Thursday, July 24, 2008

Federal Wildlife Agency Upholds Protections for Threatened Dunes Plant in Imperial County Desert Dunes


Last Wednesday the administration quite rightly dismissed a petition by off-roaders to remove protections from a rare floral resident of California's Algodones Dunes, the largest sand-dune ecosystem in the United States. The Peirson's milk-vetch, a pretty, purple-flowered plant adapted to live in harsh conditions of shifting sands, blowing winds, and arid heat, grows only within a narrow corridor of the dunes -- which, unfortunately for the wildflower, are the popular destination for hundreds of thousands of plant-destroying off-road vehicles each year.

In a dubious petition submitted to the U.S. Fish and Wildlife Service, off-road vehicle groups insisted the milk-vetch population is stable enough that it no longer needs protection. But the agency said those claims just can't be supported. The milk-vetch will retain its protections, and the roughly 50,000 acres of the dunes already closed to off-road vehicles will stay off-limits to their tearing tires.

Read more in the Press Enterprise.

The Riverside Press-Enterprise, July 16, 2008

Wildflower to retain federal protection;
50,000 acres remain closed to off-road enthusiasts
By Jennifer Bowles

A plant that is threatened with extinction and whose low numbers prompted officials to close more than one-third of the desert's most popular off-roading area will remain under federal protection, the U.S. Fish and Wildlife Service said Wednesday.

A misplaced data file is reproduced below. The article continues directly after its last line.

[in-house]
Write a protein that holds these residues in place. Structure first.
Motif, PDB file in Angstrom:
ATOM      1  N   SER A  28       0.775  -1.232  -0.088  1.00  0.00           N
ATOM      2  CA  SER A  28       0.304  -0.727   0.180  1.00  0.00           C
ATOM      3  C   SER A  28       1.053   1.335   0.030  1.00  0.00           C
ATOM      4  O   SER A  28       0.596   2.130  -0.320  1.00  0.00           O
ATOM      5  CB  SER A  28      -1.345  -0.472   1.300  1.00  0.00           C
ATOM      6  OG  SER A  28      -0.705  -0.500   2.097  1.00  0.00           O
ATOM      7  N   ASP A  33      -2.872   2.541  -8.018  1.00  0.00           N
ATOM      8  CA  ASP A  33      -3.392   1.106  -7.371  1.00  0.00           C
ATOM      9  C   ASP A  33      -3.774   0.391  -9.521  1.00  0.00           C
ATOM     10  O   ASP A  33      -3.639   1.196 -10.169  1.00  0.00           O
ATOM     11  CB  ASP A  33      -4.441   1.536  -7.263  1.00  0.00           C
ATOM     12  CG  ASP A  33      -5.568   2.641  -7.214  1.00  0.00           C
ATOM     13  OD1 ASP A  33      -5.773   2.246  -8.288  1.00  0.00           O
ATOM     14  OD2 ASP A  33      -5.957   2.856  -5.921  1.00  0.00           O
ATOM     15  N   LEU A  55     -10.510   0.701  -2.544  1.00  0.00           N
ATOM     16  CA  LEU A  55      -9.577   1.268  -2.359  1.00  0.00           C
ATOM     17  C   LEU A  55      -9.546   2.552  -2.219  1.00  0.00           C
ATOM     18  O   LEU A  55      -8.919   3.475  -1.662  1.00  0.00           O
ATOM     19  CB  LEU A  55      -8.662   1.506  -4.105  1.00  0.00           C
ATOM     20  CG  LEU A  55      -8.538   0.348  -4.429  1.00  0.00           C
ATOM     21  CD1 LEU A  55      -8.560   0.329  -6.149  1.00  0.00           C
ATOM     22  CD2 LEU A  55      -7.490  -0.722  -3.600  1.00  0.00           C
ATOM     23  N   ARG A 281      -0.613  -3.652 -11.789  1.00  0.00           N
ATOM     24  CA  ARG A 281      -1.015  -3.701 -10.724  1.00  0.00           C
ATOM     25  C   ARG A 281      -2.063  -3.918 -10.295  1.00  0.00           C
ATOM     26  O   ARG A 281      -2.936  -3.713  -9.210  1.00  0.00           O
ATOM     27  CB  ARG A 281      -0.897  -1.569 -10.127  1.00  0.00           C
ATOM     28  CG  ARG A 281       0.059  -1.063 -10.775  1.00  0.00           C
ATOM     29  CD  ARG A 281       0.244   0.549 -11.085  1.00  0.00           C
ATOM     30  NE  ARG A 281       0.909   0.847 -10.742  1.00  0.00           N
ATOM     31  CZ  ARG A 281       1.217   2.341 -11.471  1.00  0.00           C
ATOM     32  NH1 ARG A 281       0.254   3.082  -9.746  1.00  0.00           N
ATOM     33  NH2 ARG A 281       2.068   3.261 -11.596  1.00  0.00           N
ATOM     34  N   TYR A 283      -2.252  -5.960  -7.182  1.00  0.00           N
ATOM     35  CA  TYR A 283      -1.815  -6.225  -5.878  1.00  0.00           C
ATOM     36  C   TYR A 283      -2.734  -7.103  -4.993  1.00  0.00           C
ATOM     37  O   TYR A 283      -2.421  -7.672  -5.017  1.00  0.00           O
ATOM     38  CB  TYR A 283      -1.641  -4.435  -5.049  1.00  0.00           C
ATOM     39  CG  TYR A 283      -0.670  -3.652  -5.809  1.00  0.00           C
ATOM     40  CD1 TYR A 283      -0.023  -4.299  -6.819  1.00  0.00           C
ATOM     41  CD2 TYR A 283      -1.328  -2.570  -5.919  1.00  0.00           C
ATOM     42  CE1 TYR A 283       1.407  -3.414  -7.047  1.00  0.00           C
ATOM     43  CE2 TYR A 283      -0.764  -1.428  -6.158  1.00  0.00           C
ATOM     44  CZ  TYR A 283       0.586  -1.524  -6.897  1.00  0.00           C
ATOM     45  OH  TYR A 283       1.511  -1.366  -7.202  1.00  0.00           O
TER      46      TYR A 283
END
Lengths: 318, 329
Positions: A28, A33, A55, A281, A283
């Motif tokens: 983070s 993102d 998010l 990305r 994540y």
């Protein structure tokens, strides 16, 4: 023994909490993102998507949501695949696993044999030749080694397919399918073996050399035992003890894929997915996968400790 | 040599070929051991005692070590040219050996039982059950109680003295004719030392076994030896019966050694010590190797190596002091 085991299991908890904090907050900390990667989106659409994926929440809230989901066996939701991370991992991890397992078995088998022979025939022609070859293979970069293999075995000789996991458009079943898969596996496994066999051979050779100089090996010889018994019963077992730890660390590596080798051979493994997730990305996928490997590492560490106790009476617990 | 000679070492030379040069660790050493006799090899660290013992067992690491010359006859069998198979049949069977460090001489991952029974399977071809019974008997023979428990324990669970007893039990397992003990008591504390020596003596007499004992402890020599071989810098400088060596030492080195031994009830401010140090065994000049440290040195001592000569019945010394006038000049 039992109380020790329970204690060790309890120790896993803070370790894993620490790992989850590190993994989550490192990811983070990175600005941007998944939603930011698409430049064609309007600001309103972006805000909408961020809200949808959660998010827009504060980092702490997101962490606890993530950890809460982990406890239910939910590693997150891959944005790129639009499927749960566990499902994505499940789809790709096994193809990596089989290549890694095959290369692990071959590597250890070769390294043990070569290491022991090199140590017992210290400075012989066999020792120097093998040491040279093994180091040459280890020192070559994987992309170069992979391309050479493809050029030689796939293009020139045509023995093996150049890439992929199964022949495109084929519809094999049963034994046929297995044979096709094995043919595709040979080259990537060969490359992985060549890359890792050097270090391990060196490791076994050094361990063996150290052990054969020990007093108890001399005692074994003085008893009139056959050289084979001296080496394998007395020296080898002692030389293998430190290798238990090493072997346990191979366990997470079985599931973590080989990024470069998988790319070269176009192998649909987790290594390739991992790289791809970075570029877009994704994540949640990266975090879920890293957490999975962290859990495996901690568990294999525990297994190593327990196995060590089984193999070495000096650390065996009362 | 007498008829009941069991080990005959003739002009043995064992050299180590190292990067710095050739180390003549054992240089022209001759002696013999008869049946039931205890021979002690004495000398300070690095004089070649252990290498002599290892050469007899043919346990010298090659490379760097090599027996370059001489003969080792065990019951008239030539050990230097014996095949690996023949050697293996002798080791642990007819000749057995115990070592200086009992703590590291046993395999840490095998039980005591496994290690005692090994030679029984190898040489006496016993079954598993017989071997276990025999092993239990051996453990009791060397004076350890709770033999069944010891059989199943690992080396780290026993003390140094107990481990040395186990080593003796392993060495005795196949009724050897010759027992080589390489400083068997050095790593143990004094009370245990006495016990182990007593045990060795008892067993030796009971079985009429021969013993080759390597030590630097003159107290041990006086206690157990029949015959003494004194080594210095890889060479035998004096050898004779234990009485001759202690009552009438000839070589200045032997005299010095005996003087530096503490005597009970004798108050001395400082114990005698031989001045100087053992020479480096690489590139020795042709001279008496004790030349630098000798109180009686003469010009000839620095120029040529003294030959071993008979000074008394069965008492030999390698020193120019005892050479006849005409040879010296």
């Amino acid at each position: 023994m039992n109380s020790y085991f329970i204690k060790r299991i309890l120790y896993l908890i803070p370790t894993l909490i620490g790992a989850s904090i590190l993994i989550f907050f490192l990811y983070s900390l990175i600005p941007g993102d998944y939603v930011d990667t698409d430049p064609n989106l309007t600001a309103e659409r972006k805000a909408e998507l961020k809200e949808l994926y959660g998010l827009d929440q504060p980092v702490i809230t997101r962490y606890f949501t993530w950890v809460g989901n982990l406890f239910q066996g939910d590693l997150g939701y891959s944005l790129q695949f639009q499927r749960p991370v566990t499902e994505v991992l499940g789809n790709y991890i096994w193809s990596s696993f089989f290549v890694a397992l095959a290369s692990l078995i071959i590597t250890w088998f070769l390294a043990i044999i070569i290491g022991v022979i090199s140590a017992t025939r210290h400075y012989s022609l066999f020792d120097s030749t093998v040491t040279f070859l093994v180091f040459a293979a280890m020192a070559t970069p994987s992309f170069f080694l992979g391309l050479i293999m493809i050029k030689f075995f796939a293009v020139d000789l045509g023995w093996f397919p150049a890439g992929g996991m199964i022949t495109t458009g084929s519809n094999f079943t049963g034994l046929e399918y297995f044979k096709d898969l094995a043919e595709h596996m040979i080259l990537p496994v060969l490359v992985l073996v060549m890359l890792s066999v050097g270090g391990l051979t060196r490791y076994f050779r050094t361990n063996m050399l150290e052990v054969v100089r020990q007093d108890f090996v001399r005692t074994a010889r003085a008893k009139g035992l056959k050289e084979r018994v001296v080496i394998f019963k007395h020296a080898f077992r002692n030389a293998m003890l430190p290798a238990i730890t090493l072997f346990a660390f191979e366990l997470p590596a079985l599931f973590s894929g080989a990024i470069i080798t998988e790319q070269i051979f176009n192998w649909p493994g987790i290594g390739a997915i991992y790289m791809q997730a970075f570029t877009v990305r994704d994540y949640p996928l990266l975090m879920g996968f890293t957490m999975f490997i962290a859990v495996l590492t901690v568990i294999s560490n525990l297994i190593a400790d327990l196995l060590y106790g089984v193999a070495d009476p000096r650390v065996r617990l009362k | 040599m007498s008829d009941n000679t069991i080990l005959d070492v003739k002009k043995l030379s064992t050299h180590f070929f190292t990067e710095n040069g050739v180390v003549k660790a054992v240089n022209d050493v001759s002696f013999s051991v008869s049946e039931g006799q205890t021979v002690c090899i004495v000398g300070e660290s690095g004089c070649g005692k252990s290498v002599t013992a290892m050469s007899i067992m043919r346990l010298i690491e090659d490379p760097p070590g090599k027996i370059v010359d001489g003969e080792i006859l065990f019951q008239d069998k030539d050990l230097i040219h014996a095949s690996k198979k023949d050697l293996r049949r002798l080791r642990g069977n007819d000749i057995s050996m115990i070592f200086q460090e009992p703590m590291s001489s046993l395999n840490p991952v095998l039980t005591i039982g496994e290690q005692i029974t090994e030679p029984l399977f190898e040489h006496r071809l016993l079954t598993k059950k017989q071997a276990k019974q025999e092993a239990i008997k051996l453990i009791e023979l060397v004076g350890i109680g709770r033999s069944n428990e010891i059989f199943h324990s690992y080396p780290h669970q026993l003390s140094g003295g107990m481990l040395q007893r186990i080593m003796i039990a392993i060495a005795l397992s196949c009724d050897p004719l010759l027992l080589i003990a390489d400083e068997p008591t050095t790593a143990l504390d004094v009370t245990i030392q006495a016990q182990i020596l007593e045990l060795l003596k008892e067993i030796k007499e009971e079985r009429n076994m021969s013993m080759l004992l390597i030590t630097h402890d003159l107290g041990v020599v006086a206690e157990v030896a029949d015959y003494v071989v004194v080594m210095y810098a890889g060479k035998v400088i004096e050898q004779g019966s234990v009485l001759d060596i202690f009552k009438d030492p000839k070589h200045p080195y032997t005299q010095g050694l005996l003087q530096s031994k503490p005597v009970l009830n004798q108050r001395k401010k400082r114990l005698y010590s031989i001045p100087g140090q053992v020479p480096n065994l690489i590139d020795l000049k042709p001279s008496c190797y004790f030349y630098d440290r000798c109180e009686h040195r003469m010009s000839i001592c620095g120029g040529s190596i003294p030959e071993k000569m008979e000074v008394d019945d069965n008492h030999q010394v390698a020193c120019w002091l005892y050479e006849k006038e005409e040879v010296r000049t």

Off-highway vehicle groups, including the American Sand Association, had petitioned the federal wildlife agency seeking to remove the Peirson's milk-vetch for the federal list of endangered and threatened plants and animals.

The groups said the plant's numbers were more abundant than previously reported and they believed its seed bank could support a healthy and stable population.

But the wildlife agency said those claims could not be supported, in part because rainfall amounts differed between survey years, which could significantly change the number of plants.

The agency used data from federal agencies and independent scientists, and the decision to keep the plant protected was peer-reviewed, said Jane Hendron, a fish and wildlife spokeswoman.